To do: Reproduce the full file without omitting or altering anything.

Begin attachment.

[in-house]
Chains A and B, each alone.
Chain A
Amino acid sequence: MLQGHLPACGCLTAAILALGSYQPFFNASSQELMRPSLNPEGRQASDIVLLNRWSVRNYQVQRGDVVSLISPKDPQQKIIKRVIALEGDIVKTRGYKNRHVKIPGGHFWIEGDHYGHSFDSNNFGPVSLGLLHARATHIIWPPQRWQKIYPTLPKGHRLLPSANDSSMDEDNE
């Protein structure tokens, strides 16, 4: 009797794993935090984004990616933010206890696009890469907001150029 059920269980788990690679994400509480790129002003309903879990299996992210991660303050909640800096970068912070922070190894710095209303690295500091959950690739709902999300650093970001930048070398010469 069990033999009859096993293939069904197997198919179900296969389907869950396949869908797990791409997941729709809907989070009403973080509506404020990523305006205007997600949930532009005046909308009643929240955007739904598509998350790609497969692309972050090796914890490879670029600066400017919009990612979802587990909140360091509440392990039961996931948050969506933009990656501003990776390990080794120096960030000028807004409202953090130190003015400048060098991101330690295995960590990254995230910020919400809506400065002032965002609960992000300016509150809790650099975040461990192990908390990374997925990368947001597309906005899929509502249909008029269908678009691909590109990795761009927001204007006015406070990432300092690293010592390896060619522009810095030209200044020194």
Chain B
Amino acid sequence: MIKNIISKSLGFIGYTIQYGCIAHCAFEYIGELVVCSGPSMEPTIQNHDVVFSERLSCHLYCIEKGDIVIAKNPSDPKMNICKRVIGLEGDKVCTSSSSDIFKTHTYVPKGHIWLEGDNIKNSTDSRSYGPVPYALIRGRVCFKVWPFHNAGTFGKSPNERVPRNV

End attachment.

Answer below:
[in-house]
Chains A and B, each alone.
Chain A
Amino acid sequence: MLQGHLPACGCLTAAILALGSYQPFFNASSQELMRPSLNPEGRQASDIVLLNRWSVRNYQVQRGDVVSLISPKDPQQKIIKRVIALEGDIVKTRGYKNRHVKIPGGHFWIEGDHYGHSFDSNNFGPVSLGLLHARATHIIWPPQRWQKIYPTLPKGHRLLPSANDSSMDEDNE
């Protein structure tokens, strides 16, 4: 009797794993935090984004990616933010206890696009890469907001150029 059920269980788990690679994400509480790129002003309903879990299996992210991660303050909640800096970068912070922070190894710095209303690295500091959950690739709902999300650093970001930048070398010469 069990033999009859096993293939069904197997198919179900296969389907869950396949869908797990791409997941729709809907989070009403973080509506404020990523305006205007997600949930532009005046909308009643929240955007739904598509998350790609497969692309972050090796914890490879670029600066400017919009990612979802587990909140360091509440392990039961996931948050969506933009990656501003990776390990080794120096960030000028807004409202953090130190003015400048060098991101330690295995960590990254995230910020919400809506400065002032965002609960992000300016509150809790650099975040461990192990908390990374997925990368947001597309906005899929509502249909008029269908678009691909590109990795761009927001204007006015406070990432300092690293010592390896060619522009810095030209200044020194």
Chain B
Amino acid sequence: MIKNIISKSLGFIGYTIQYGCIAHCAFEYIGELVVCSGPSMEPTIQNHDVVFSERLSCHLYCIEKGDIVIAKNPSDPKMNICKRVIGLEGDKVCTSSSSDIFKTHTYVPKGHIWLEGDNIKNSTDSRSYGPVPYALIRGRVCFKVWPFHNAGTFGKSPNERVPRNV